Matthew Patrizio reviews Geese’s appearance at King Tuts this month ahead of the release of their second album.
The New York quintet, Geese, returned to Glasgow’s infamous King Tuts for their second world tour celebrating the release of their new album “3D Country”. I was first made aware of Geese after the release of their 2021 single “Disco”. Geese had recently signed for Partisan Records with a stacked roster of huge names such as Ezra Collective, IDLES, Fontaines DC and many more. Under Partisan, Geese would release their debut album “Projector”, an impressive alternative rock LP written by the group when they were teenagers.
Folly Group are an eccentric London-formed electronic post-punk outfit and a fitting support for the likes of Geese, having demonstrated an appreciation for the value of suspense, with catchy drum groves and guitar licks characterising their live sets. In Folly Group’s popular single “Fashionista”, lead singer and drummer Sean Harper shows off his ability to multitask as the song ascends to its chorus. Song choices such as “Butt No Rifle” really make the setlist and illustrate how tight the group are. The group visibly enjoyed themselves when playing “Four Wheel Drive”, as bassist Tom Doherty flaunted his distortion pedal through the verses and guitarist Louis Milburn maximised his freedom in the bridge and buildup of the song. However, this song and a few others are unfortunately haunted by the dual-wielded cowbells: one borderline inaudible, the other completely deafening. Folly Group’s new single “Strange Neighbour” was a highlight, the song’s eerie lyrics and catchy hook show the band taking a new direction, reminiscent of “Remain in Light” era David Byrne.
I had high expectations coming into the Geese performance after having witnessed the spectacle of their first world tour. Geese seemed to take inspiration from bands such as The Strokes and The Red Hot Chilli Peppers with loud and memorable guitar riffs and passionate vocals. The band’s sophomore album sees them taking a whole new approach to song writing and instrumentation, so I didn’t know what to expect of the long-awaited return. The gig kicked off with a suspenseful piano introduction before breaking out into “Mysterious Love” setting the tone for the rest of the gig appropriately. Frontman Cameron Winter accompanied by a walking bass makes for a great combination.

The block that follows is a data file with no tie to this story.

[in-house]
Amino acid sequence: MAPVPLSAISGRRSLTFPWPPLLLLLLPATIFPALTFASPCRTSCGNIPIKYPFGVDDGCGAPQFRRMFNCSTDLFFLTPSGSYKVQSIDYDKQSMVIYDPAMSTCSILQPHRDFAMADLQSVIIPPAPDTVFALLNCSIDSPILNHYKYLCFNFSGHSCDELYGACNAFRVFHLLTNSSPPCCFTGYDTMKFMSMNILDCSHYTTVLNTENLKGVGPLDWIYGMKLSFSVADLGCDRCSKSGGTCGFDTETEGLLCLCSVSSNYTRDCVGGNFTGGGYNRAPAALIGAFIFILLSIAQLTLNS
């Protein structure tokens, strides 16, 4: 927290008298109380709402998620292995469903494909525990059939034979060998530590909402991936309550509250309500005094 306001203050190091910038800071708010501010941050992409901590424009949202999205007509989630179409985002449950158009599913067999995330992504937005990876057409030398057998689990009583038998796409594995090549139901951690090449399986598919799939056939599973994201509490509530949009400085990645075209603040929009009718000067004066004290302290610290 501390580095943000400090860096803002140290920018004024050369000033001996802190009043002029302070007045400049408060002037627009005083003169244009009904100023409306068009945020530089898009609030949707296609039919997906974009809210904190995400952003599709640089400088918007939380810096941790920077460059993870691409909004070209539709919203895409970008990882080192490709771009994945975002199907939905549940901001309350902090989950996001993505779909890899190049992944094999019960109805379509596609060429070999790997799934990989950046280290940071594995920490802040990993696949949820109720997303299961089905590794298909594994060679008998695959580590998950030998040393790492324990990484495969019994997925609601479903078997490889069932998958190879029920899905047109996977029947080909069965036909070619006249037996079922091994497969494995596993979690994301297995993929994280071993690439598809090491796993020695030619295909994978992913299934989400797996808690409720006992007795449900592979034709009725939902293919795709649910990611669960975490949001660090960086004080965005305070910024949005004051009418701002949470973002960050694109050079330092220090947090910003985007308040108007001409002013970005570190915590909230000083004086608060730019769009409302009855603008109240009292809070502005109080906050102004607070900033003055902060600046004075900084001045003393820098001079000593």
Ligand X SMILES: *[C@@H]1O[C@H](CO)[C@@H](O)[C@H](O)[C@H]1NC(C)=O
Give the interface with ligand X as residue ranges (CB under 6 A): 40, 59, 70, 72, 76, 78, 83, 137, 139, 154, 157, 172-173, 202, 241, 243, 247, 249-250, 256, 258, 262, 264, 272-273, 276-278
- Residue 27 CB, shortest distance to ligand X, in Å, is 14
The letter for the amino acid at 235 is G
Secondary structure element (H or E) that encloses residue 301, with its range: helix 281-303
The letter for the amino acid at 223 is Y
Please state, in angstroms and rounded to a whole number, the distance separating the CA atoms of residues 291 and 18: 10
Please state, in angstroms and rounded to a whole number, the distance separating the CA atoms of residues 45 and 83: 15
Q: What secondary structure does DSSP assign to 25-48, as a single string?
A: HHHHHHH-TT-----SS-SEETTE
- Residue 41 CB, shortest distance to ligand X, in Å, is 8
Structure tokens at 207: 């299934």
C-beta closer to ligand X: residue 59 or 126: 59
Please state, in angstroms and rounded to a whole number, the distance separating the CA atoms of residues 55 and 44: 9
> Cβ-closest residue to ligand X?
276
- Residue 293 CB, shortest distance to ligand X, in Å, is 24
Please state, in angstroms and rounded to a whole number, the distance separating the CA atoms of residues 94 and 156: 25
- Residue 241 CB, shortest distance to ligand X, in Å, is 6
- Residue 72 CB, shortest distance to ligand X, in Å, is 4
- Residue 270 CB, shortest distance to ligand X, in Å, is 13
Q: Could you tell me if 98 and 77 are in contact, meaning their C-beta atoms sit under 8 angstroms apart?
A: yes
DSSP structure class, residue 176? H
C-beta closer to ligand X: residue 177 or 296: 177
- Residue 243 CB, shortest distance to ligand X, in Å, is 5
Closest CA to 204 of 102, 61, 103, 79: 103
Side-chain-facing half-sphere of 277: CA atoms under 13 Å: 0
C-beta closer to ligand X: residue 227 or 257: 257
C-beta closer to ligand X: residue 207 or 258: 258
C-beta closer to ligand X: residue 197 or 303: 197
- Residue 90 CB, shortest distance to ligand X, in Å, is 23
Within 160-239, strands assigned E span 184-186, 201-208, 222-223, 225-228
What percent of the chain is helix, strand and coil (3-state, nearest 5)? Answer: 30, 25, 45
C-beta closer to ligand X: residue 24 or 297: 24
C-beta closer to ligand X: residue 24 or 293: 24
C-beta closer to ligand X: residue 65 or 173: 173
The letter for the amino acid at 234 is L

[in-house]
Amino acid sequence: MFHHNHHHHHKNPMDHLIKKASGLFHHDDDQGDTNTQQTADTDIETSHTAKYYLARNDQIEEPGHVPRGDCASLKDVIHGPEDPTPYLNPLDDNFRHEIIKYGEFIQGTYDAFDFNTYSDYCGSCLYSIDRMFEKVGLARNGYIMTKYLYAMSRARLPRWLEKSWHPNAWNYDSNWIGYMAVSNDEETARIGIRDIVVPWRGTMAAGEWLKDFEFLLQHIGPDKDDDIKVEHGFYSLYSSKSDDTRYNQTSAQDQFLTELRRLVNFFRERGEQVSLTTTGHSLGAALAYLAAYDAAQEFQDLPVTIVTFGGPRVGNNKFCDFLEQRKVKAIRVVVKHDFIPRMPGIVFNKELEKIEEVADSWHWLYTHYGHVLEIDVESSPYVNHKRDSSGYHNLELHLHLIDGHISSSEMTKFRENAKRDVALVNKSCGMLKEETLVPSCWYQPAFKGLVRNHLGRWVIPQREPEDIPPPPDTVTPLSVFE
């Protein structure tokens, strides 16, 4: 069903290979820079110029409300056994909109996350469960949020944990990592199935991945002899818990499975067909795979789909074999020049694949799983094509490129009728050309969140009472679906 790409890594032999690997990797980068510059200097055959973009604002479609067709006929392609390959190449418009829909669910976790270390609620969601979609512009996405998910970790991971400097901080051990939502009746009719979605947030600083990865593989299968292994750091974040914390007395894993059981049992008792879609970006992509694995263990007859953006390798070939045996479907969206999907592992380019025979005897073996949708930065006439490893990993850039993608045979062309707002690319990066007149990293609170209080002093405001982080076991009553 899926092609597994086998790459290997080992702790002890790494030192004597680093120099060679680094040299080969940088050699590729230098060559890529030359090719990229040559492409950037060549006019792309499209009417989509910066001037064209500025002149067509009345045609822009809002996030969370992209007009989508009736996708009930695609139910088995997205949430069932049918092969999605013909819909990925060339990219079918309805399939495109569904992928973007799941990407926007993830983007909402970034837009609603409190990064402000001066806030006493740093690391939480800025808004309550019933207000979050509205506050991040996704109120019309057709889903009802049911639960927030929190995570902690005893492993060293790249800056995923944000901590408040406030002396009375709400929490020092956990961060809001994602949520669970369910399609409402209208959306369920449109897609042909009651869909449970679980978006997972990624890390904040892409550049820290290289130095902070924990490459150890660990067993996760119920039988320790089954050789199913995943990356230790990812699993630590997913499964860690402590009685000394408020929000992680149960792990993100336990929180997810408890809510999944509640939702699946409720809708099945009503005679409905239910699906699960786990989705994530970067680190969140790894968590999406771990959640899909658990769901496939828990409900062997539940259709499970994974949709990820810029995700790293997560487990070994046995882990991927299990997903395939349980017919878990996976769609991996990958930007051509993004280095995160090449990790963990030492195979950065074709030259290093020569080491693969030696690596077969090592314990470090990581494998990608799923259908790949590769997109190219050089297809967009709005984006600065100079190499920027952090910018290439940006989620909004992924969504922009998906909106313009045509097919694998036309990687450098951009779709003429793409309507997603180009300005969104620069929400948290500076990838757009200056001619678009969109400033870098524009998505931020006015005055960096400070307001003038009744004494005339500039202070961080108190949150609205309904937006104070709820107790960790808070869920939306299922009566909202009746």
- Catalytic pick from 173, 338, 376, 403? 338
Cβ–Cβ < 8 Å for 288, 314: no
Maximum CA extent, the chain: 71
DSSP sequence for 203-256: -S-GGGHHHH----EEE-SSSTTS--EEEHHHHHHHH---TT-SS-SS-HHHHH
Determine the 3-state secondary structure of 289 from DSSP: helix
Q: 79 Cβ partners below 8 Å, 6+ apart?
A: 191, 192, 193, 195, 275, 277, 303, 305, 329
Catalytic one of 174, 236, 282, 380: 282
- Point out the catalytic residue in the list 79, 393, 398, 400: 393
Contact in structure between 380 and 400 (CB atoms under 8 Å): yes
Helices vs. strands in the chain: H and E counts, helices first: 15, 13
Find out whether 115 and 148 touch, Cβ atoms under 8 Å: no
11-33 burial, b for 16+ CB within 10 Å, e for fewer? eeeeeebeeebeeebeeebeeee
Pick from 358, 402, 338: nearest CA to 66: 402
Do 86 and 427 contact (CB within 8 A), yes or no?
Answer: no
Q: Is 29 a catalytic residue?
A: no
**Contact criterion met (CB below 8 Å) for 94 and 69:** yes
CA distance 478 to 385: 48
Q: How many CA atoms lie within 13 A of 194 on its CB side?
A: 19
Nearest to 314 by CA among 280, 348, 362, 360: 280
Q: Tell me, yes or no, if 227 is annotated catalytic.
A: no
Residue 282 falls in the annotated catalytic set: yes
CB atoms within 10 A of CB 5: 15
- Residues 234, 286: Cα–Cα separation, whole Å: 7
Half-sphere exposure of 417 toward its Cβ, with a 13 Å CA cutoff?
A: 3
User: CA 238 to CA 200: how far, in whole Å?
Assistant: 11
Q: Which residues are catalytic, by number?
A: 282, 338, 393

Geese completely switch up their style when performing old classics from their debut album. Songs such as “Disco”, “Low Era” and “Rain Dance” have found a new life under 3D Country Geese. The band seems to favour cohesiveness and timing over sheer volume, demonstrating how they’ve matured since their first tour. It is rare and refreshing to see this in such a young band. Songs like “I See Myself” play an important role in the setlist, encouraging crowd participation and engagement. The night ended with a three-song encore featuring unreleased “Smoke In Japan” heavily requested by the hardcore Geese fans who were first made aware of the song through a YouTube video released over a year ago with 260 views, which is the only evidence of the song’s existence. The encore also included a flustered Winter forgetting the lyrics to St. Elmo – luckily Winter’s charisma and improvisation served him well to rescue the performance despite disappointed looks from other band members.
I am excited to see where both Folly Group and Geese take their music in the coming years, both having shown great development and maturity in a short space of time. I am anticipating Folly Group’s debut LP and will be front row if and when Geese return to Glasgow.